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Judicial Delays to Criminal Trials in Delhi: Special Report

Judicial Delays to Criminal Trials in Delhi: Special Report

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Published by woodstockwoody
The concept of justice was once not alien to India. The
logo of the Supreme Court depicts the
dharmachakra, the wheel of justice from the 3rd century
BCE lion capital with the inscription, “Yadho dharmasthadho jayah.” The phrase, in Nagri script, means, “Victory is where
justice reigns.” The logo was adopted on 28 January 1950, when the court was first set up in the Chamber of Princes, within the
parliament building of New Delhi, just two days after India
became a republic.
The concept of justice was once not alien to India. The
logo of the Supreme Court depicts the
dharmachakra, the wheel of justice from the 3rd century
BCE lion capital with the inscription, “Yadho dharmasthadho jayah.” The phrase, in Nagri script, means, “Victory is where
justice reigns.” The logo was adopted on 28 January 1950, when the court was first set up in the Chamber of Princes, within the
parliament building of New Delhi, just two days after India
became a republic.

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Published by: woodstockwoody on Apr 24, 2011
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12/20/2012

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 Vol. 7, No. 2 June 2008
ISSN
1811 7023
special report 
 judicial delays
to
criminal trialsin Delhi
 
The meaning of article 2: Implementation of human rights
 All over the world extensive programmes are now taking place to educate people onhuman rights. As a result today there exists a vast number of persons and organisationsfirmly committed to human rights; more than at any other time in the history of humankind. Yet human rights continue to be monstrously violated.It is time for the global human rights movement to examine why it may not yet beachieving real improvement in the global human rights situation. One factor hinderinghonest examination is the belief that improvement of knowledge about human rights willby itself end human rights violations. This is a myth based on the corresponding belief that education is itself capable of improving things.In reality human rights can only be implemented through a system of justice. If thissystem is fundamentally flawed, no amount of knowledge—no amount of repetition of human rights concepts—will by itself correct its defects. Rather, these need to be studiedand corrected by practical actions. Hence research and intimate knowledge of local issuesmust become an integral part of human rights education and related work.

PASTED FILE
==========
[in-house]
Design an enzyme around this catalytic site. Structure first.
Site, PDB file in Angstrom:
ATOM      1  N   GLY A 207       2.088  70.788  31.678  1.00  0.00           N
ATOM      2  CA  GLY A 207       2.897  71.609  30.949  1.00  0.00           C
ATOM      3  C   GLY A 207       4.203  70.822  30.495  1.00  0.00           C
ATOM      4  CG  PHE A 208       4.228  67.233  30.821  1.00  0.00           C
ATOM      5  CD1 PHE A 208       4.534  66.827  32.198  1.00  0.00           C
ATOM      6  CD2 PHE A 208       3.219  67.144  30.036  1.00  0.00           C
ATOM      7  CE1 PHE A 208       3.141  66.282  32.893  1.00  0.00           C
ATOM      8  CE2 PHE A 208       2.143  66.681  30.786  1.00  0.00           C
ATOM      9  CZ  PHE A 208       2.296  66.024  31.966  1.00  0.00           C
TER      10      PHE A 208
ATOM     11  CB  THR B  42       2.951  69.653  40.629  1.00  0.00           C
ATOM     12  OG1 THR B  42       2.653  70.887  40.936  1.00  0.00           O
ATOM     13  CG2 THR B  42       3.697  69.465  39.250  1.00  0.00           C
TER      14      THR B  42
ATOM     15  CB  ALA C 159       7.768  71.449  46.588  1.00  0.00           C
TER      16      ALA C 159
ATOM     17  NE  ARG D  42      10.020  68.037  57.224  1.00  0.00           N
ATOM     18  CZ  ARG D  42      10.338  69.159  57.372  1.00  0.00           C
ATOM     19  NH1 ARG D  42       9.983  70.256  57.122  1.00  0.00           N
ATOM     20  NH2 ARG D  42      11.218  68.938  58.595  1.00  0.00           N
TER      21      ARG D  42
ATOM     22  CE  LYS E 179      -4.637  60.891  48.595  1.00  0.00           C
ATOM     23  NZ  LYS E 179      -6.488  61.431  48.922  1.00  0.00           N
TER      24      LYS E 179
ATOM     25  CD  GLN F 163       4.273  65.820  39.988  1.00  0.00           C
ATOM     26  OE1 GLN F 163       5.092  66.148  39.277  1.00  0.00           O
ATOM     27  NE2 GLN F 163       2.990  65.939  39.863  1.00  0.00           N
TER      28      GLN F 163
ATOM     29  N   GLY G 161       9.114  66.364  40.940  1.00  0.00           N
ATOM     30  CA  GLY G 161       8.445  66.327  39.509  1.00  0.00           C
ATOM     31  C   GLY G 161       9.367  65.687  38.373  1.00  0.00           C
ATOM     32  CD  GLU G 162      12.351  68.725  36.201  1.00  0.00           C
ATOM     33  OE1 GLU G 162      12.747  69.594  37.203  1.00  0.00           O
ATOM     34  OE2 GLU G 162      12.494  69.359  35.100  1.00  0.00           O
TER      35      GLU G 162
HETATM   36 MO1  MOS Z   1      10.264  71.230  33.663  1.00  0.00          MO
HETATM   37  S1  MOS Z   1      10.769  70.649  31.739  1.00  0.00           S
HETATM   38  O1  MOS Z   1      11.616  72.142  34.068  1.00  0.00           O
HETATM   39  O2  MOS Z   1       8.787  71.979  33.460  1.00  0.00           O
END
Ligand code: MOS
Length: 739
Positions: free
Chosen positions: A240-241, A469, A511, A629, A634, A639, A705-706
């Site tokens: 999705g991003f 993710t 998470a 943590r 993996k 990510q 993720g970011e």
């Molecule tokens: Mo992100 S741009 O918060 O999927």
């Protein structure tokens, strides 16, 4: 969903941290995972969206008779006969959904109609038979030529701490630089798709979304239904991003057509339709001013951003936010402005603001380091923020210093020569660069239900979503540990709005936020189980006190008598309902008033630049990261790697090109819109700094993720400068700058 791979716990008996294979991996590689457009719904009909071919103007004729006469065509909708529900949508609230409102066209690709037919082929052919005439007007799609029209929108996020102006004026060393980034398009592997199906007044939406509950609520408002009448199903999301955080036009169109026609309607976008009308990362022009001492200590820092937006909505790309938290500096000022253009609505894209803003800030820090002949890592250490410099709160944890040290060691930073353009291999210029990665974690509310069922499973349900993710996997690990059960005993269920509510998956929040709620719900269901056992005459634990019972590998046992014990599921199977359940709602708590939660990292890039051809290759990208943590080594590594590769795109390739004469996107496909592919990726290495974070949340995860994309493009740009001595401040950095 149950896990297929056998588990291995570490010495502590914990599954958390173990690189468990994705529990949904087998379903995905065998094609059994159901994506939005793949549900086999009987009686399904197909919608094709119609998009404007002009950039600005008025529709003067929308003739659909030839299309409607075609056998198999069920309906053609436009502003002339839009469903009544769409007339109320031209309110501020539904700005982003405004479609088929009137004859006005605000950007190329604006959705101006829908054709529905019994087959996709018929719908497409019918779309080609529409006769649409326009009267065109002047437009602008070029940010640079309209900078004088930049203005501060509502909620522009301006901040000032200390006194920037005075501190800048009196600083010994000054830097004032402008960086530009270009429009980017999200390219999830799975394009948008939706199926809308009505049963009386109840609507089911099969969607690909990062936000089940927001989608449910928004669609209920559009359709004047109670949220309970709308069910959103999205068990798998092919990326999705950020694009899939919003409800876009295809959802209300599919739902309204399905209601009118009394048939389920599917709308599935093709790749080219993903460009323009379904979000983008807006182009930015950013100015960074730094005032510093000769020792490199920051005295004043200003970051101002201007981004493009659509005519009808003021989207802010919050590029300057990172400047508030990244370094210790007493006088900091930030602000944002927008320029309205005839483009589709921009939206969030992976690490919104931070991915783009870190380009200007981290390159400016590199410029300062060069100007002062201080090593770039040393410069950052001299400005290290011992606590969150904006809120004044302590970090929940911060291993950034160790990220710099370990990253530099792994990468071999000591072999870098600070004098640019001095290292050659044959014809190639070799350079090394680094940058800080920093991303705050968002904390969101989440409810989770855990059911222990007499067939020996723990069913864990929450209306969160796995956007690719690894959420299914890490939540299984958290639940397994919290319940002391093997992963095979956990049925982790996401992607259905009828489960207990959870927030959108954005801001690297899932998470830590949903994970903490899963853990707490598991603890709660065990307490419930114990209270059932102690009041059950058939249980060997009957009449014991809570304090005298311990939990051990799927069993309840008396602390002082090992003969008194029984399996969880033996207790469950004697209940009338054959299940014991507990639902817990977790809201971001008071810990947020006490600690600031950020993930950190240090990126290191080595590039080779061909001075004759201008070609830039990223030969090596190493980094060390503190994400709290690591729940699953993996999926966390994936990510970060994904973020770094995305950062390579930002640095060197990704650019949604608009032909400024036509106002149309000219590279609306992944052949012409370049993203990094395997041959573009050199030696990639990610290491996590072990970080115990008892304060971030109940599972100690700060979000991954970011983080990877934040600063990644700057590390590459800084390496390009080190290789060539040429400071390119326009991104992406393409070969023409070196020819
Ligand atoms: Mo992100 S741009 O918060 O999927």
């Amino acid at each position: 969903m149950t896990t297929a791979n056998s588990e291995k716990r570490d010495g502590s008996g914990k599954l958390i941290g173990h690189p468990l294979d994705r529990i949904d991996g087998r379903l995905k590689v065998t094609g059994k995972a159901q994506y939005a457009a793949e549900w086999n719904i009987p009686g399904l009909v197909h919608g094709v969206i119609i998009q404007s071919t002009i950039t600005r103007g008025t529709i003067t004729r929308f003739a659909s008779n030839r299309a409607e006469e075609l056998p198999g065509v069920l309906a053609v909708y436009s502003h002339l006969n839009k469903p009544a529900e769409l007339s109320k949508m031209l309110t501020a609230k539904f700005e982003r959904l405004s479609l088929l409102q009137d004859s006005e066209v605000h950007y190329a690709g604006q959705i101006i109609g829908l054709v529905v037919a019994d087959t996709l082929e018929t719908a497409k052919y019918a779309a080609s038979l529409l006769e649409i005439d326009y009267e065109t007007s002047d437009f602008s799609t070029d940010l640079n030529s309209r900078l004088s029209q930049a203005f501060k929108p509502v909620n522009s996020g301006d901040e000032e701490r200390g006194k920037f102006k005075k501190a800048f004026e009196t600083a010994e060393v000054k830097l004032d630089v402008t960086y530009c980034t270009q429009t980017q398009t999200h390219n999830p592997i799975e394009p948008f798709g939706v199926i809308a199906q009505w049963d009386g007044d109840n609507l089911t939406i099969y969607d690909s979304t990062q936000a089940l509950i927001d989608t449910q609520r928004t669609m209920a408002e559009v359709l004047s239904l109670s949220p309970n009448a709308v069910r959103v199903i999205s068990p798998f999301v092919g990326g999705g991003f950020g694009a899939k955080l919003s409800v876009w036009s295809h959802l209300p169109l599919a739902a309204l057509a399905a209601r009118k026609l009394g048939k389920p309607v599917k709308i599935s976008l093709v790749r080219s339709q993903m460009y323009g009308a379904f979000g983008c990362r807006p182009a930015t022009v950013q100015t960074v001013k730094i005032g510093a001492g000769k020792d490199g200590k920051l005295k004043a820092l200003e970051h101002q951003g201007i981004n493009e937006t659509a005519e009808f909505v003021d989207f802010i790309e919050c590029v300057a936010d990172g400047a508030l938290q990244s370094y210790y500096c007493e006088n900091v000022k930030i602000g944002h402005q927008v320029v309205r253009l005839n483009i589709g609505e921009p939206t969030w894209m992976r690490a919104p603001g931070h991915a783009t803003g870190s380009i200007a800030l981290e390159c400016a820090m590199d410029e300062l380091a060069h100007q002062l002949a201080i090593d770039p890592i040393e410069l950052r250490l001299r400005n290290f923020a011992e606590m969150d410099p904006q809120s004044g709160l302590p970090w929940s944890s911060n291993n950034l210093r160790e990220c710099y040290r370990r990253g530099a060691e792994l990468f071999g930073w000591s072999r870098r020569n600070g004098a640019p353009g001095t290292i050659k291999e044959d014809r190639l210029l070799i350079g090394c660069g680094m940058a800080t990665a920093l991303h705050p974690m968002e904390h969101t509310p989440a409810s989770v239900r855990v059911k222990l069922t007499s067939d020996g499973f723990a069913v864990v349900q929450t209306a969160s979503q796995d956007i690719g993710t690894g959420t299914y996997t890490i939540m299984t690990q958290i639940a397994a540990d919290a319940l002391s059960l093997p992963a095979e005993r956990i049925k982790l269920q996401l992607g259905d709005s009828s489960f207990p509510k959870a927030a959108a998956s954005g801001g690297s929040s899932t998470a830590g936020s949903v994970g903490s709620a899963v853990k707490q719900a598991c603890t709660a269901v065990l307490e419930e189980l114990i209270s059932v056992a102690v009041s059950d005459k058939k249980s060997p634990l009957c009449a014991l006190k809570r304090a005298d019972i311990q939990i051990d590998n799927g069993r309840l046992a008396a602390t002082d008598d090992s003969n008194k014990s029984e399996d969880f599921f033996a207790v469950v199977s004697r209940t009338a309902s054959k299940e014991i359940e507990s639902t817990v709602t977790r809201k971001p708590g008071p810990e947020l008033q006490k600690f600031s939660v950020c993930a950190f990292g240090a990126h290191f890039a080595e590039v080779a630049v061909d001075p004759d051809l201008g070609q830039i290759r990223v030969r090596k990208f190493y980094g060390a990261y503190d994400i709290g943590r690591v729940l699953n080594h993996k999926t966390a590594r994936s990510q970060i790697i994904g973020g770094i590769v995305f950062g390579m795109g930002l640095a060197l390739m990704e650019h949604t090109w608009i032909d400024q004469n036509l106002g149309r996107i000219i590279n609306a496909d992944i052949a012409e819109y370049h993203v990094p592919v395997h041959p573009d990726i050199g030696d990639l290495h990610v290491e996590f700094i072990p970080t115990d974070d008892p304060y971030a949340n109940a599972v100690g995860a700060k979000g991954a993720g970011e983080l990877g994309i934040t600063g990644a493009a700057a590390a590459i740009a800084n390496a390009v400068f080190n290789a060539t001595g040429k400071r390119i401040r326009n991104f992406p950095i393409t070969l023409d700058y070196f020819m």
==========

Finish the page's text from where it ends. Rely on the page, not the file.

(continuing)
article 2 
aims to do this by drawing attention to article 2 of the International Covenanton Civil and Political Rights, and make it a key concern of all partners in the global humanrights community. This integral article deals with provision of adequate remedies for humanrights violations by legislative, administrative and judicial means. It reads in part: